At Tuesday's meeting, Simitian asked rail authorities for more information about how the new system would be funded. He also quoted from a variety of newspaper editorials characterizing the high-speed-rail project as a "boondoggle" and demanded more accountability from the rail authority.
"This to me is as fundamental an issue as anything else," Simitian said. "There's no one being held accountable."
Both Simitian and Lowenthal pointed to a recent report from the Legislative Analyst's Office (LAO), which found a multitude of flaws in the rail authority's new business plan. The report noted that the rail authority's business plan "assumes some form of revenue guarantee from the public sector to attract private investment." It also pointed out that the state bond that voters approved for the project in 2008 expressly forbids public subsidies for the system's operations.
The LAO report stated that the new business plan is more informative than the 2008 version. But analysts also faulted the plan for having an "uninformative timeline," and an inadequate discussion of project risks.
"We find there are significant issues still inadequately addressed in this business plan," Eric Thronson, an LAO analyst, said at the Tuesday hearing. "The plan's discussion of risk is incomplete and inappropriate for a project of this magnitude."
The new business plan was released at a time of major transition for the California High-Speed Rail Authority. Earlier this month, the authority announced that Mehdi Morshed, its executive director, will retire at the end of March, and began its search for a new chief executive officer. The rail authority had also hired a consultant to evaluate its operating structure, said Curt Pringle, chair of the High-Speed Rail Authority Board of Directors.
In the coming weeks, the agency plans to reorganize its leadership structure and hire new staff. The new structure would include a high-ranking official charged with risk management, Pringle told the Senate committee at this week's hearing.
The project has attracted great scrutiny on the Peninsula last year, when residents learned that high-speed trains would glide through their communities, possibly along elevated tracks. More than a dozen residents and elected officials from Palo Alto, Menlo Park, Atherton and Burlingame attended Tuesday's Senate hearing and a similar one in the Assembly on Jan. 11, to demand more information and criticize the current business plan.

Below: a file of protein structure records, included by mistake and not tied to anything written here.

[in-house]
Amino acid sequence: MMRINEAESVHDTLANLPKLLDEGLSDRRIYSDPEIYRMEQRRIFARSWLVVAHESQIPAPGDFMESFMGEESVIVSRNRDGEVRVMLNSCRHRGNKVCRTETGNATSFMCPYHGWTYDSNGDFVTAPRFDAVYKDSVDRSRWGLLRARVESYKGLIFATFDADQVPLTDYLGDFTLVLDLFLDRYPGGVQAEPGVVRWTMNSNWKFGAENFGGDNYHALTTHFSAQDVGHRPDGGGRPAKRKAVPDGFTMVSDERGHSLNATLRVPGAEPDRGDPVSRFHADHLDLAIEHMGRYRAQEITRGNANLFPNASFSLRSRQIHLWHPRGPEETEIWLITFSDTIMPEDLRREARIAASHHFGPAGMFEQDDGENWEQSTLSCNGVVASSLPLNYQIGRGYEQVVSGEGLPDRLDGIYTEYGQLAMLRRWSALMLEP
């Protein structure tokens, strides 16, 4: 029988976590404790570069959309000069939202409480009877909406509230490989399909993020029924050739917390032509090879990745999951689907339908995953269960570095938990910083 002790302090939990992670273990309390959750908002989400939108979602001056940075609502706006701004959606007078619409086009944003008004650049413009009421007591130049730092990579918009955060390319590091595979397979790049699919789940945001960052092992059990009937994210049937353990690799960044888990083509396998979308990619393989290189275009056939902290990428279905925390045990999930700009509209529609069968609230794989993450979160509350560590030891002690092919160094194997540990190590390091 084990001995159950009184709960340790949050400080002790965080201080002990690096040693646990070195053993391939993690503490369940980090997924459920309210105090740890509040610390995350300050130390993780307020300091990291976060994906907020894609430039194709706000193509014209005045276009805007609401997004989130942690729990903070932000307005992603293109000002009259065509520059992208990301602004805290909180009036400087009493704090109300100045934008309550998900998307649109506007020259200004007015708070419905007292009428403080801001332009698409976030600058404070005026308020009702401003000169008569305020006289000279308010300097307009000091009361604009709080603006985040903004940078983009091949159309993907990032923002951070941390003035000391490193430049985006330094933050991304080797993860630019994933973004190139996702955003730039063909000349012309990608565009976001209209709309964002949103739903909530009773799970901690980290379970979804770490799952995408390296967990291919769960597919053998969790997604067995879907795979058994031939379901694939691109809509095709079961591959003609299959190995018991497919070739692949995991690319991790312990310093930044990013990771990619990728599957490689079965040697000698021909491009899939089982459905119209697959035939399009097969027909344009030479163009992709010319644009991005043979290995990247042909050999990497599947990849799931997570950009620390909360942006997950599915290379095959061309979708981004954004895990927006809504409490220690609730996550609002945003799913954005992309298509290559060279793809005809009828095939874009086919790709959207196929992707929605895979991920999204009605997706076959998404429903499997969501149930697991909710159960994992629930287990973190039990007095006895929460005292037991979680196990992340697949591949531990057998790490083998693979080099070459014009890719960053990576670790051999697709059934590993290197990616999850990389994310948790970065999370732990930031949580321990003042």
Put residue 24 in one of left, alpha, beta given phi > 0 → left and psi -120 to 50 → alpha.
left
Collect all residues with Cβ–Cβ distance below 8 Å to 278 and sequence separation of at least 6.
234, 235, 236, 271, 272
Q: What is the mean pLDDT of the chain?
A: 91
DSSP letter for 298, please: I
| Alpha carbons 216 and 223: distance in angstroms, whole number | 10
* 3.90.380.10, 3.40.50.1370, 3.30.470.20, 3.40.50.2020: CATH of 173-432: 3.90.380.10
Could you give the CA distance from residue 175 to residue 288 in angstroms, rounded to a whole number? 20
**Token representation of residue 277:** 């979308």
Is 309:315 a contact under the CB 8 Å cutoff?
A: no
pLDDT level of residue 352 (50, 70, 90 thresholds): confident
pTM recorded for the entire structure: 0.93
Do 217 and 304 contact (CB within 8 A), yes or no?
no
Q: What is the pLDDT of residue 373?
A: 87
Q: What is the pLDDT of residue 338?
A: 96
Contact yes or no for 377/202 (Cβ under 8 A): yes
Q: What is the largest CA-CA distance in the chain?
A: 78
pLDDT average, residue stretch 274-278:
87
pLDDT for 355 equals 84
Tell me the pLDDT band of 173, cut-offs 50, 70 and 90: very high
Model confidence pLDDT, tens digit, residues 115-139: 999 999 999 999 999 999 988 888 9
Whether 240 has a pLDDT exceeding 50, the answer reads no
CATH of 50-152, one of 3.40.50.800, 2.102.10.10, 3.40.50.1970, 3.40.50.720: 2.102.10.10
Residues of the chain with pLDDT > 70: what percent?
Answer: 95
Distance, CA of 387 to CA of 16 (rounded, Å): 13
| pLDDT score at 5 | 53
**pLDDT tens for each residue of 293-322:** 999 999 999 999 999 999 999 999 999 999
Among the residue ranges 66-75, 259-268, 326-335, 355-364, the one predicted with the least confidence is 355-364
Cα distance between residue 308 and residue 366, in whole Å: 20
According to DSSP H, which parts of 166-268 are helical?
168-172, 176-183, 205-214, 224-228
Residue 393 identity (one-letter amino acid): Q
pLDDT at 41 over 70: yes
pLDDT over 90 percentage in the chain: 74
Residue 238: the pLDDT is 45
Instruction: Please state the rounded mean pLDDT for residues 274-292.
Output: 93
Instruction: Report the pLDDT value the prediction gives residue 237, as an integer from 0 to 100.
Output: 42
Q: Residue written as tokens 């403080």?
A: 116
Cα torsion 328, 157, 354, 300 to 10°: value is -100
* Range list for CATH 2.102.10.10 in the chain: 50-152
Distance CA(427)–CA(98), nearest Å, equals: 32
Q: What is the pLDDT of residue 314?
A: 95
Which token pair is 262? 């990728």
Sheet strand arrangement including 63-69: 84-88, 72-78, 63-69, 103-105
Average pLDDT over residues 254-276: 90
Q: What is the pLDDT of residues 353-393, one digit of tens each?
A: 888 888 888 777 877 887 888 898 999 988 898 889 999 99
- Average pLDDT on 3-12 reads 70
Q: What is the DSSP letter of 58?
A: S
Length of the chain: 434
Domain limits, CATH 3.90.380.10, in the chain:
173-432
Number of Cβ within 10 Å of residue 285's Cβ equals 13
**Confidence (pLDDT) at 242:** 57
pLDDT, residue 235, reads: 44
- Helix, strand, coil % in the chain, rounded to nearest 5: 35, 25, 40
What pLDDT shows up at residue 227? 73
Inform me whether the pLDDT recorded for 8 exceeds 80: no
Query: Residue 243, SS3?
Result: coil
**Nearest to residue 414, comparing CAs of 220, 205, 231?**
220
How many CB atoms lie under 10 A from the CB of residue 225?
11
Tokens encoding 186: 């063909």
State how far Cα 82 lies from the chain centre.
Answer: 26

Elizabeth Alexis, a Palo Alto resident who co-founded the grassroots group Californians Advocating Responsible Rail Design (CAARD), attended both Sacramento meetings and publicly criticized the rail authority's plan to have a private company operate the system once it's built.
Former Palo Alto Mayor Mike Cobb argued at the Jan. 11 hearing that the rail authority's plan to get more than $4 billion in local funds for the project is unreasonable, given that cities such as Palo Alto are already facing severe budget shortfalls.
Assembly members shared residents' concerns about the rail authority's plans to pay for the system.
Assemblywoman Joan Buchanan questioned the high-speed rail's assertion that the system would be profitable and its projection that the state will receive billions of federal dollars for the project.
Assemblyman Roger Niello was even more blunt. He said he has "huge concerns" about the proposed high-speed-rail project and the authority's plan to pay for it. The authority is banking on more than $10 billion in private funding; more than $17 billion in federal grants; and more than $4 billion in local grants to fund the project. That's in addition to the $9.95 billion California voters approved in November 2008, when they passed Proposition 1A.
Niello called the rail authority's plan for the new system a notion that becomes increasingly troubling upon closer examination.
"I wake up from my romantic notion and I see something next to me that's not as attractive as it was when I was entertaining my romantic notion," Niello said.
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